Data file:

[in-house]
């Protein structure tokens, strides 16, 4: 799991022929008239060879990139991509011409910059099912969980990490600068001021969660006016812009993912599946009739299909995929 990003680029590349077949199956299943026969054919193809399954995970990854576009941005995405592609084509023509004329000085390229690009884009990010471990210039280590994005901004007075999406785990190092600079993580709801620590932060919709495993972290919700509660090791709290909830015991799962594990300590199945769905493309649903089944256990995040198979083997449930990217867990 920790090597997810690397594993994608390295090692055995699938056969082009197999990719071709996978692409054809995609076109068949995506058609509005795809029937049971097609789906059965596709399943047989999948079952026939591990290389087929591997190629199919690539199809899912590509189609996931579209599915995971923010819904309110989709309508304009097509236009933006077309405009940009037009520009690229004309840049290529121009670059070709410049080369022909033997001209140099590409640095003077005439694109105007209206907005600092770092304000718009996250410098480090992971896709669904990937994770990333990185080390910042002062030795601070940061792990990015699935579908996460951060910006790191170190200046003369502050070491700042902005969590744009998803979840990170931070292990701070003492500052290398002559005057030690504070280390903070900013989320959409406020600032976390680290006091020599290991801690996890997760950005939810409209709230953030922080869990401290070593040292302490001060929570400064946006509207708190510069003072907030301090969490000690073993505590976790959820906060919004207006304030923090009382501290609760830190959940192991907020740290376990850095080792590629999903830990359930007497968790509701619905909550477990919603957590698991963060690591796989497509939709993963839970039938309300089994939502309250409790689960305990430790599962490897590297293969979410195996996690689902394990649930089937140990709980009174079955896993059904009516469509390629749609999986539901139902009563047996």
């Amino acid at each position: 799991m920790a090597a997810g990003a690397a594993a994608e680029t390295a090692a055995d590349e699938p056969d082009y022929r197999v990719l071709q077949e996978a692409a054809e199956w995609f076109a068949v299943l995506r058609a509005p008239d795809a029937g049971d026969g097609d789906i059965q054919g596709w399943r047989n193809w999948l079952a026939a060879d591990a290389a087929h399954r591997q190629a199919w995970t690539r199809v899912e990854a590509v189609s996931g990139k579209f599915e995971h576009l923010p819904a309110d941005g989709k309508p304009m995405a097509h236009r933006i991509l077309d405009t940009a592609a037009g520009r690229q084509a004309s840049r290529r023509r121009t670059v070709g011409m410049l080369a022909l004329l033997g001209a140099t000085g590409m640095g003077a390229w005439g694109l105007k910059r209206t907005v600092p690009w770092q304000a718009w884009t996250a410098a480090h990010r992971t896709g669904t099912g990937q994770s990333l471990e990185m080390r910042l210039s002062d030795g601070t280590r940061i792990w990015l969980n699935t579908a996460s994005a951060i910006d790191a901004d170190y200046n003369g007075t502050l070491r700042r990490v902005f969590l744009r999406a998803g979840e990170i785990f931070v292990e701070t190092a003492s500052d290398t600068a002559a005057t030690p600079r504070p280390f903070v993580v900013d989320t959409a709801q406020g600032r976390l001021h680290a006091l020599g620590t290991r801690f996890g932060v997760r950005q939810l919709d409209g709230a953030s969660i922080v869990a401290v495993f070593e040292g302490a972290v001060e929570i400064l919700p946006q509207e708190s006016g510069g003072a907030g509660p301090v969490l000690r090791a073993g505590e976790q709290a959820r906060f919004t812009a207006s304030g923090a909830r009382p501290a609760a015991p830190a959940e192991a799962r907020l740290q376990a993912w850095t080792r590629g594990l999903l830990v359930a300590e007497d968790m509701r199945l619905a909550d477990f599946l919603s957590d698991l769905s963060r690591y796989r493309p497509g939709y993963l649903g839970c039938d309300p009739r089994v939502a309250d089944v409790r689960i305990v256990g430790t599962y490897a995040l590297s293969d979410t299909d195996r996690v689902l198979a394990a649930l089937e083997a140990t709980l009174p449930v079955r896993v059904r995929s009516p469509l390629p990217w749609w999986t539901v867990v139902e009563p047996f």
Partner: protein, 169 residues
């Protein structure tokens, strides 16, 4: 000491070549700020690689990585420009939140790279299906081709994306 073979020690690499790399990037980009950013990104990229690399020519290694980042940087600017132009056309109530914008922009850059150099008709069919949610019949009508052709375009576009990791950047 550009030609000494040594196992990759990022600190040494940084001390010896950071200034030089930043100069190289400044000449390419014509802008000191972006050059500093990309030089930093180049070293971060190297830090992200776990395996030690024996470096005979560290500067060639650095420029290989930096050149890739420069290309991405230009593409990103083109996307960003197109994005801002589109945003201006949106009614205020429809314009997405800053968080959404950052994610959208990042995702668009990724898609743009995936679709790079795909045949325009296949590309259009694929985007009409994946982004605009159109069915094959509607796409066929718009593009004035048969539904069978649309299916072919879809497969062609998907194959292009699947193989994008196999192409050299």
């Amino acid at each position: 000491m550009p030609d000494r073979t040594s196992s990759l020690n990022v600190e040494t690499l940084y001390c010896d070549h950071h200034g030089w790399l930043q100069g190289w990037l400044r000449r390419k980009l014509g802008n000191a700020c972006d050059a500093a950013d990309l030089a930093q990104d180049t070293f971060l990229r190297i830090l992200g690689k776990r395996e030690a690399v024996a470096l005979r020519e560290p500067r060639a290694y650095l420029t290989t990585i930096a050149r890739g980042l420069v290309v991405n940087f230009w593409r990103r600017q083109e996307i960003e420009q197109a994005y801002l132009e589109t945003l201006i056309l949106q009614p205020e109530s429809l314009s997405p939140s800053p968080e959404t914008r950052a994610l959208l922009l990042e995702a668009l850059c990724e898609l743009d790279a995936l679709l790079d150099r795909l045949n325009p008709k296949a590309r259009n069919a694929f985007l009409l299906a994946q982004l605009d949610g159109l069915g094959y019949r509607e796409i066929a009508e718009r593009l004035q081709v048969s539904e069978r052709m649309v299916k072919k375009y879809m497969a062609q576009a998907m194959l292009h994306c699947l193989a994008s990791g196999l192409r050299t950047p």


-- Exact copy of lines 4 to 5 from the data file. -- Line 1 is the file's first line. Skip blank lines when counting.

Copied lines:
Partner: protein, 169 residues
């Protein structure tokens, strides 16, 4: 000491070549700020690689990585420009939140790279299906081709994306 073979020690690499790399990037980009950013990104990229690399020519290694980042940087600017132009056309109530914008922009850059150099008709069919949610019949009508052709375009576009990791950047 550009030609000494040594196992990759990022600190040494940084001390010896950071200034030089930043100069190289400044000449390419014509802008000191972006050059500093990309030089930093180049070293971060190297830090992200776990395996030690024996470096005979560290500067060639650095420029290989930096050149890739420069290309991405230009593409990103083109996307960003197109994005801002589109945003201006949106009614205020429809314009997405800053968080959404950052994610959208990042995702668009990724898609743009995936679709790079795909045949325009296949590309259009694929985007009409994946982004605009159109069915094959509607796409066929718009593009004035048969539904069978649309299916072919879809497969062609998907194959292009699947193989994008196999192409050299």